Consulting God in prayer on how to design meaningful worship services is helpful but not without following that up with a study of the many passages about worship, which are furnished by the Bible. For example, according to scripture, God is quite discerning about what we offer Him in worship. Paul concurs with this as he informs Roman believers that there is an acceptable or suitable way of worshiping God. Accordingly, worship that is shaped in conformity with worldly standards, no matter how acceptable or pleasing that may be to us, is simply not “reasonable” or “logical,” given God’s self-revelation (Romans 12:1-2).
Furthermore, the Lord’s reaction to some of the expressions or styles of worship that are offered in His name has long been known to students of the Bible. Indeed, according to Malachi, God actually despised some of the expressions of worship that were being offered in His day (1:10).
Today, there is still confusion about how to approach God in worship. While our ways of worship may have become routine, even in times of traditional expression, worship is not a performance to be followed by applause. It is and always has been, when genuine, an awesome encounter with Holy God. It is for His pleasure not for our entertainment. Consider Isaiah’s experience in this matter (6:1-13). There was not one thing in his encounter with God that was entertaining or fun for him. Instead, he thought he was undone or ruined by it (6:5). In true worship, one’s self is to recede while God himself fills the focal screen of one’s consciousness (6:1). Moreover, we discover in scripture that worship is to be interactive, that is, it is to be a reciprocal encounter with God, a divine/human “fellowship” (1 John 1:3). It is a refreshing communion between the redeemed and the Redeemer. This interactivity is both vertical and horizontal. It is vertical when the fellowship is between the Lord and us, and horizontal when between worshippers as they interact with God’s presence among them. This is perhaps best expressed through music. Thus, the songbook inspired by God, the book of Psalms, guides us. Music has always been a medium by which worshippers may fellowship with God and with one another in meaningful ways.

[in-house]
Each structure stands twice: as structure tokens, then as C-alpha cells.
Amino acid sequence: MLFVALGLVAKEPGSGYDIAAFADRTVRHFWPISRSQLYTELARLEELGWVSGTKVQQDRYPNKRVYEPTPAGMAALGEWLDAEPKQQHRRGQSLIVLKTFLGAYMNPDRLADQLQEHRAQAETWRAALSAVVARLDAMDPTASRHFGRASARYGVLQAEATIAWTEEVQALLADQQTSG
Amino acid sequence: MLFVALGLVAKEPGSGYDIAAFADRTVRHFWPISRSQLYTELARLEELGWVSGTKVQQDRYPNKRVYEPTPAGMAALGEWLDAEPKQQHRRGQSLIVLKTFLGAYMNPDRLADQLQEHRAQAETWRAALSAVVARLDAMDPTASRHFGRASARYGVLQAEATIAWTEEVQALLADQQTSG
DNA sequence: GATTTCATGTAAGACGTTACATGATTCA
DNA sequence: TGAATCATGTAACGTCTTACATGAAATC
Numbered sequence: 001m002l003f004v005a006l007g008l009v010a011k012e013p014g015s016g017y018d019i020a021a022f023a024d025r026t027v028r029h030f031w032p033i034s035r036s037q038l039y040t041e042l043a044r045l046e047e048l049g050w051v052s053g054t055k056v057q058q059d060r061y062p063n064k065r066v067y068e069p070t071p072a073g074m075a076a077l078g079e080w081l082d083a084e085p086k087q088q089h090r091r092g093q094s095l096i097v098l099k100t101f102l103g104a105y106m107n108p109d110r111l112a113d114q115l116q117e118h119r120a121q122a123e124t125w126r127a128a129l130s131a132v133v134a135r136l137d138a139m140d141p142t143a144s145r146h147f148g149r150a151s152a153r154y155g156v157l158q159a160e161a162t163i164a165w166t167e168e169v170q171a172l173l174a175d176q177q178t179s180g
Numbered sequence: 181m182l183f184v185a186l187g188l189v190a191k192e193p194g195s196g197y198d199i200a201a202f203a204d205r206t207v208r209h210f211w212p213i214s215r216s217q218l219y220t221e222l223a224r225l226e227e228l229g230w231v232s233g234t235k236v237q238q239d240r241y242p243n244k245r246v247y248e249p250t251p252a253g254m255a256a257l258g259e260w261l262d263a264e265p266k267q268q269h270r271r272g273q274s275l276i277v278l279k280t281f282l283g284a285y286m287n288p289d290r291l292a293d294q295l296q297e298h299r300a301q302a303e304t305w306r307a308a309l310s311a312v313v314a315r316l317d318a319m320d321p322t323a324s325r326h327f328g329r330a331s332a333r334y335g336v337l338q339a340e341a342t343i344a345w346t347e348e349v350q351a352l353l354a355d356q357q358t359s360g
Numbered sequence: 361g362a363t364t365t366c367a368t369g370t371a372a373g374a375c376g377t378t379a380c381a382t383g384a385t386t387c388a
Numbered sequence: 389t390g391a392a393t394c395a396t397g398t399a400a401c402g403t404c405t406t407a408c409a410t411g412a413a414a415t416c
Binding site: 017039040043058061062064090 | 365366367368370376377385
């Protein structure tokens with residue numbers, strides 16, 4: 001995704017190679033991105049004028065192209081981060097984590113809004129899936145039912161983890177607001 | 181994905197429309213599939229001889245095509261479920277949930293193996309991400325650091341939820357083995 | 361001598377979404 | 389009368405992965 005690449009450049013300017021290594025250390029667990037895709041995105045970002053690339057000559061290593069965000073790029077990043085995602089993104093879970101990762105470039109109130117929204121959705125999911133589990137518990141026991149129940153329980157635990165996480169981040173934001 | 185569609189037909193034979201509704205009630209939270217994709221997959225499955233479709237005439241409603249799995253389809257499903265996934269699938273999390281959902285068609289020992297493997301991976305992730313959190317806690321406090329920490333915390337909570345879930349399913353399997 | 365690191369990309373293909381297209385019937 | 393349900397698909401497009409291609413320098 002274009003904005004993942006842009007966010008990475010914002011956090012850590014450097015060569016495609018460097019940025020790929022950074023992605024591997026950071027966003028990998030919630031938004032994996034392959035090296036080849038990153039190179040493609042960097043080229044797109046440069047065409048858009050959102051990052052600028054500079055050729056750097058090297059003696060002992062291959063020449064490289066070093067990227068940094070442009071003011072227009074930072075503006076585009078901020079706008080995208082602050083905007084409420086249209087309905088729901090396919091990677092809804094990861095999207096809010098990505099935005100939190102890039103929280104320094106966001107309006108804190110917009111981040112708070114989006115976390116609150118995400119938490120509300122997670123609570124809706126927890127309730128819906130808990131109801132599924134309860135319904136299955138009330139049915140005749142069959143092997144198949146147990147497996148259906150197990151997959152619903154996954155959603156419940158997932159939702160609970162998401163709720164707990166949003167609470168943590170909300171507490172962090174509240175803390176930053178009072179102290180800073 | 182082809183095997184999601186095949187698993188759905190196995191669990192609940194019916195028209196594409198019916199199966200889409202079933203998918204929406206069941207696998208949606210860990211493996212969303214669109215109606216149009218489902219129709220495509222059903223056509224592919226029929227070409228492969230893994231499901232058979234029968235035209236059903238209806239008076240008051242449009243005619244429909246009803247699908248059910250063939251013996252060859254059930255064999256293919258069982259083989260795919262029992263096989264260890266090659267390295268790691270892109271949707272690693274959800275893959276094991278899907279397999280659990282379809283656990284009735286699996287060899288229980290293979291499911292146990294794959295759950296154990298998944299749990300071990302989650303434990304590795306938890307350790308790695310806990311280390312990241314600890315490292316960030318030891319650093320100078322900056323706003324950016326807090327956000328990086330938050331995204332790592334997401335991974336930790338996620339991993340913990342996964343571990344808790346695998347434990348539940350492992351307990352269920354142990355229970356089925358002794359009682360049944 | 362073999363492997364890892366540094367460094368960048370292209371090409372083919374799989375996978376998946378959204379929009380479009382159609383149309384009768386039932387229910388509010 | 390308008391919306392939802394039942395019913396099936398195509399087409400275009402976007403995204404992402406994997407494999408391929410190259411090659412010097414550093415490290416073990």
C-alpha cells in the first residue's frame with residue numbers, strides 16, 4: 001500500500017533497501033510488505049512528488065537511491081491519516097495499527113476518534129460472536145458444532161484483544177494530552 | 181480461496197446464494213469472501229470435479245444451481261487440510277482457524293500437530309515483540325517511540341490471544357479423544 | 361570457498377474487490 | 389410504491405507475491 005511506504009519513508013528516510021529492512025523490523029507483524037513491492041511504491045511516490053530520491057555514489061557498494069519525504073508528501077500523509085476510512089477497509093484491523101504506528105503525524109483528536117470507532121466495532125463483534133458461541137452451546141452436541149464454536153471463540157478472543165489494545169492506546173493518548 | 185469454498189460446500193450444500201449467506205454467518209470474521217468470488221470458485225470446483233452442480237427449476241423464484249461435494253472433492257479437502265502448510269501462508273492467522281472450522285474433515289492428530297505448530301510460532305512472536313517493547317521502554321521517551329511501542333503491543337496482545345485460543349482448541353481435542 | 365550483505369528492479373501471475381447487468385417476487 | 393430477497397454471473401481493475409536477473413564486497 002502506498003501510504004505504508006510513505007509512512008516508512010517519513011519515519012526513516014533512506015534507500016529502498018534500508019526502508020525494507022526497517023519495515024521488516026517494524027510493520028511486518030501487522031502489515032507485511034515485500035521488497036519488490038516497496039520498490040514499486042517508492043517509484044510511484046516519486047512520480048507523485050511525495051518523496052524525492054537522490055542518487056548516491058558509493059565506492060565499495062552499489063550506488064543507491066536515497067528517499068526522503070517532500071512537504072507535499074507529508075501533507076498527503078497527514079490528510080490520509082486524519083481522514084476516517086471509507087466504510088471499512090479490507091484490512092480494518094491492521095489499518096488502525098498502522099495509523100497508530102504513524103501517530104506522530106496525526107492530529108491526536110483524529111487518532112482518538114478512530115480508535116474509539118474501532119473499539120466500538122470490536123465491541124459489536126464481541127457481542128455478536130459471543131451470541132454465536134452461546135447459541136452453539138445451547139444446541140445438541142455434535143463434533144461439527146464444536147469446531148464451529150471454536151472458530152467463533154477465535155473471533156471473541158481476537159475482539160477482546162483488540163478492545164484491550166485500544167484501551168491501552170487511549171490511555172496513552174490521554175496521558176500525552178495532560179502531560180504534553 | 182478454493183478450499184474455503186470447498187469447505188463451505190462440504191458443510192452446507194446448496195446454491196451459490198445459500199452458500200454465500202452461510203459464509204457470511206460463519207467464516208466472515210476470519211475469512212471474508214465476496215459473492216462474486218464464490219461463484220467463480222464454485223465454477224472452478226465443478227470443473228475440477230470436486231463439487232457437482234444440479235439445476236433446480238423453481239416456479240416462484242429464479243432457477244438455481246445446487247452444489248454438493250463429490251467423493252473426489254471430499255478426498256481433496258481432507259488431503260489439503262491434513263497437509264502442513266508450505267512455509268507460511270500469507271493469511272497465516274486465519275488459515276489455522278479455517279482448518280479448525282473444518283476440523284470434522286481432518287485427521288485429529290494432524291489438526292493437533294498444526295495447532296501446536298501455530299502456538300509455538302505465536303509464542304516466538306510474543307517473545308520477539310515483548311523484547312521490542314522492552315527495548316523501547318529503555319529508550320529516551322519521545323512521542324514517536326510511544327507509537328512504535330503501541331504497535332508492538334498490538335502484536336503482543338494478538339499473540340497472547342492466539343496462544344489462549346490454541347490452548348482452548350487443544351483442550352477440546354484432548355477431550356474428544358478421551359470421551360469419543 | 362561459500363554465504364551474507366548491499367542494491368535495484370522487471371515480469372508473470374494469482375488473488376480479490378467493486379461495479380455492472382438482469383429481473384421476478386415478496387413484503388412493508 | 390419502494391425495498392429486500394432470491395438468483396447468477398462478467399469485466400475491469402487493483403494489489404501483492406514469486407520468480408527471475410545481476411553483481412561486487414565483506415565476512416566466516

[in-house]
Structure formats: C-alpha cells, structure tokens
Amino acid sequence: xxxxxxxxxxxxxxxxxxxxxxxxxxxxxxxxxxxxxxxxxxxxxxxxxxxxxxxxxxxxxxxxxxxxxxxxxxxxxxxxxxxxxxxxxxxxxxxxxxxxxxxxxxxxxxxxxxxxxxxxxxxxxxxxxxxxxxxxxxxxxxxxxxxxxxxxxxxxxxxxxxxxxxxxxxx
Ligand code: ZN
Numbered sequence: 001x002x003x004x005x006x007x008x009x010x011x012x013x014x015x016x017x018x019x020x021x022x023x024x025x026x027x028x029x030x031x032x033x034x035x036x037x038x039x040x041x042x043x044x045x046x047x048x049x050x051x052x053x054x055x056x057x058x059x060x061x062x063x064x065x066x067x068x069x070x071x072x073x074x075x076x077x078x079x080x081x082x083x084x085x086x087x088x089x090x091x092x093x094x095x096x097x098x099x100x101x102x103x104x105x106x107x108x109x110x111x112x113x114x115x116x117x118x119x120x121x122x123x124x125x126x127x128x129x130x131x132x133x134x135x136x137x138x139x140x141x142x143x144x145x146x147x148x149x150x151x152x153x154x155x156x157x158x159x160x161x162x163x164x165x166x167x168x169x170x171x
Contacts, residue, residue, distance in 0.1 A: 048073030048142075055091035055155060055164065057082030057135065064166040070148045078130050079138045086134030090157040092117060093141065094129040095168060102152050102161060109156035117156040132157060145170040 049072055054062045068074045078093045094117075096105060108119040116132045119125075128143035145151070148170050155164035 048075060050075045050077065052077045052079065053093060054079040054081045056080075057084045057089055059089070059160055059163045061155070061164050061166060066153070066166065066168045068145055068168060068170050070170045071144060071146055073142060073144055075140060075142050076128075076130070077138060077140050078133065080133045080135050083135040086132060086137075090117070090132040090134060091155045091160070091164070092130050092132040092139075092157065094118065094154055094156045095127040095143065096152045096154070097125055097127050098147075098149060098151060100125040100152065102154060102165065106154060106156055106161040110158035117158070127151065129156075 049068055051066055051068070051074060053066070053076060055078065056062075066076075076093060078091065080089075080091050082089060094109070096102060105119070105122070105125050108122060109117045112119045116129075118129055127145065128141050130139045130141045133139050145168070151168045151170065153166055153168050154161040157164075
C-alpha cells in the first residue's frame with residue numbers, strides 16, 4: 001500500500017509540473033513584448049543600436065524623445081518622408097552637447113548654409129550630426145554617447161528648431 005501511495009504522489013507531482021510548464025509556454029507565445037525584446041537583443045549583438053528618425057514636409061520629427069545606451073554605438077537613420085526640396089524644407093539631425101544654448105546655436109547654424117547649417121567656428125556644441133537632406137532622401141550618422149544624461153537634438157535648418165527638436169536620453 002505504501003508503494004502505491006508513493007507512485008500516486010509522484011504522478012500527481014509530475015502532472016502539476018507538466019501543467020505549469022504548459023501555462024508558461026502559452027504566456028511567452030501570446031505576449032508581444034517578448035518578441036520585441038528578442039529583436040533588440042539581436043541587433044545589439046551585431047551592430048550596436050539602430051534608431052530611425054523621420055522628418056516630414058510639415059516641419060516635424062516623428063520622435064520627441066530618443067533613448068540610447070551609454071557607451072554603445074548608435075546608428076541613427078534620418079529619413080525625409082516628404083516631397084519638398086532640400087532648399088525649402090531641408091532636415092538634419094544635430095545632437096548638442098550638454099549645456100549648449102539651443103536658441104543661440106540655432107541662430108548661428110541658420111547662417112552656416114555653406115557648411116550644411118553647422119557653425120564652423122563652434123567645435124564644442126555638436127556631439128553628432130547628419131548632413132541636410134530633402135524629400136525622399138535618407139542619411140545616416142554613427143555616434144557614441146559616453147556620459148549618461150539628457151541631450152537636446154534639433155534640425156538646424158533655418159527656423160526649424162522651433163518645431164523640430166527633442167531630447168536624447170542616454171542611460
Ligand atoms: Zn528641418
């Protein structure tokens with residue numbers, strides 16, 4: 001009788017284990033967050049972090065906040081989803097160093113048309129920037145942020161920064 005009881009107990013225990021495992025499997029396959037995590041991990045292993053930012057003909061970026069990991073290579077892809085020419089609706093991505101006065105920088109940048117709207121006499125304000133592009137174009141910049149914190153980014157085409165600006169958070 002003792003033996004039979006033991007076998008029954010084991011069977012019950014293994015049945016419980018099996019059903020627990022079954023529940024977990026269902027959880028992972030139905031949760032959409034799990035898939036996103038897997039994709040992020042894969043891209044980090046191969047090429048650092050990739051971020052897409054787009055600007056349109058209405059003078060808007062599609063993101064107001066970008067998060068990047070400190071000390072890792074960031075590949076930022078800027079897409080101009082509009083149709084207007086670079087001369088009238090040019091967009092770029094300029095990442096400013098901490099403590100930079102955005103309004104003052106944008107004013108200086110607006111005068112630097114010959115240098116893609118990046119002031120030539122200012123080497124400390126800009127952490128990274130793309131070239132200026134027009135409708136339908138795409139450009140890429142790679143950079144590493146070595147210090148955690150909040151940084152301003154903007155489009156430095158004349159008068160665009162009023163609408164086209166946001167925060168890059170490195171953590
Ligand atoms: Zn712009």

But the music used by the church must first pass the test of theological authenticity. It must be notes and lyrics shaped by sound doctrine, not by romanticism and touchy-feely emotions. In Ephesians 5:19 and Colossians 3:17-18, we find admonitions from Paul on the proper use of music in worship. In both places, he encourages believers to interact with one another by the use of “psalms and hymns and spiritual songs,” apparently as a means of having fellowship with God by “making melody to the Lord with all [their] heart” (Ephesians 5:19). The only reference that is specific to doctrine in this passage is implied in Paul’s admonition to sing the Psalms. The Psalter is clearly theological in content. However, in the parallel passage the matter is settled with the words, “Let the word of Christ dwell in your hearts richly, teaching and admonishing one another in all wisdom” (Colossians 3:16). After all, “they that worship him must worship him in spirit and in truth.” Let’s do it.
(EDITOR’S NOTE – Ned Mathews is emeritus professor of pastoral ministries at Southeastern Baptist Theological Seminary and pastor emeritus of Parkwood Baptist Church in Gastonia.)